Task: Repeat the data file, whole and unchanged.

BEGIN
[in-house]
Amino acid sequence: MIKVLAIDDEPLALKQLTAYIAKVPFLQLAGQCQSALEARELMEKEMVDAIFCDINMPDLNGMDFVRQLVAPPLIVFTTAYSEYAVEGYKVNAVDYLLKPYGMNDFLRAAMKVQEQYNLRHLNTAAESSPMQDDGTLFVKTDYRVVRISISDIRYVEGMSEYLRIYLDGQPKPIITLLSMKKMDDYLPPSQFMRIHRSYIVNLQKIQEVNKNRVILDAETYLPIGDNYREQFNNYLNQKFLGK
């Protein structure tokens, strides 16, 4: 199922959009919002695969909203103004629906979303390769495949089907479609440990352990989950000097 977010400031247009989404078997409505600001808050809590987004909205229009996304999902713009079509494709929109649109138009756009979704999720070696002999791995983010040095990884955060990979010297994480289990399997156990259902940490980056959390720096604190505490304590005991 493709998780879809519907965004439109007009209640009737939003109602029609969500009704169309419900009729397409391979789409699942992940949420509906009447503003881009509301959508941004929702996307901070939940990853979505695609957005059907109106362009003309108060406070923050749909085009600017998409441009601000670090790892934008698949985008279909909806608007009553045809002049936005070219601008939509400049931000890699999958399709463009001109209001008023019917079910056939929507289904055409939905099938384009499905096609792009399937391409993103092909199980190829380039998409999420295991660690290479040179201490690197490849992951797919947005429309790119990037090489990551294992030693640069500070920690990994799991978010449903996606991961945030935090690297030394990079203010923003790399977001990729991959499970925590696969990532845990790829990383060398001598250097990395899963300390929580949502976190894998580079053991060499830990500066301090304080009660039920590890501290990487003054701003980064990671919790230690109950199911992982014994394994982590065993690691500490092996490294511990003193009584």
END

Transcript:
[in-house]
Amino acid sequence: MIKVLAIDDEPLALKQLTAYIAKVPFLQLAGQCQSALEARELMEKEMVDAIFCDINMPDLNGMDFVRQLVAPPLIVFTTAYSEYAVEGYKVNAVDYLLKPYGMNDFLRAAMKVQEQYNLRHLNTAAESSPMQDDGTLFVKTDYRVVRISISDIRYVEGMSEYLRIYLDGQPKPIITLLSMKKMDDYLPPSQFMRIHRSYIVNLQKIQEVNKNRVILDAETYLPIGDNYREQFNNYLNQKFLGK
């Protein structure tokens, strides 16, 4: 199922959009919002695969909203103004629906979303390769495949089907479609440990352990989950000097 977010400031247009989404078997409505600001808050809590987004909205229009996304999902713009079509494709929109649109138009756009979704999720070696002999791995983010040095990884955060990979010297994480289990399997156990259902940490980056959390720096604190505490304590005991 493709998780879809519907965004439109007009209640009737939003109602029609969500009704169309419900009729397409391979789409699942992940949420509906009447503003881009509301959508941004929702996307901070939940990853979505695609957005059907109106362009003309108060406070923050749909085009600017998409441009601000670090790892934008698949985008279909909806608007009553045809002049936005070219601008939509400049931000890699999958399709463009001109209001008023019917079910056939929507289904055409939905099938384009499905096609792009399937391409993103092909199980190829380039998409999420295991660690290479040179201490690197490849992951797919947005429309790119990037090489990551294992030693640069500070920690990994799991978010449903996606991961945030935090690297030394990079203010923003790399977001990729991959499970925590696969990532845990790829990383060398001598250097990395899963300390929580949502976190894998580079053991060499830990500066301090304080009660039920590890501290990487003054701003980064990671919790230690109950199911992982014994394994982590065993690691500490092996490294511990003193009584």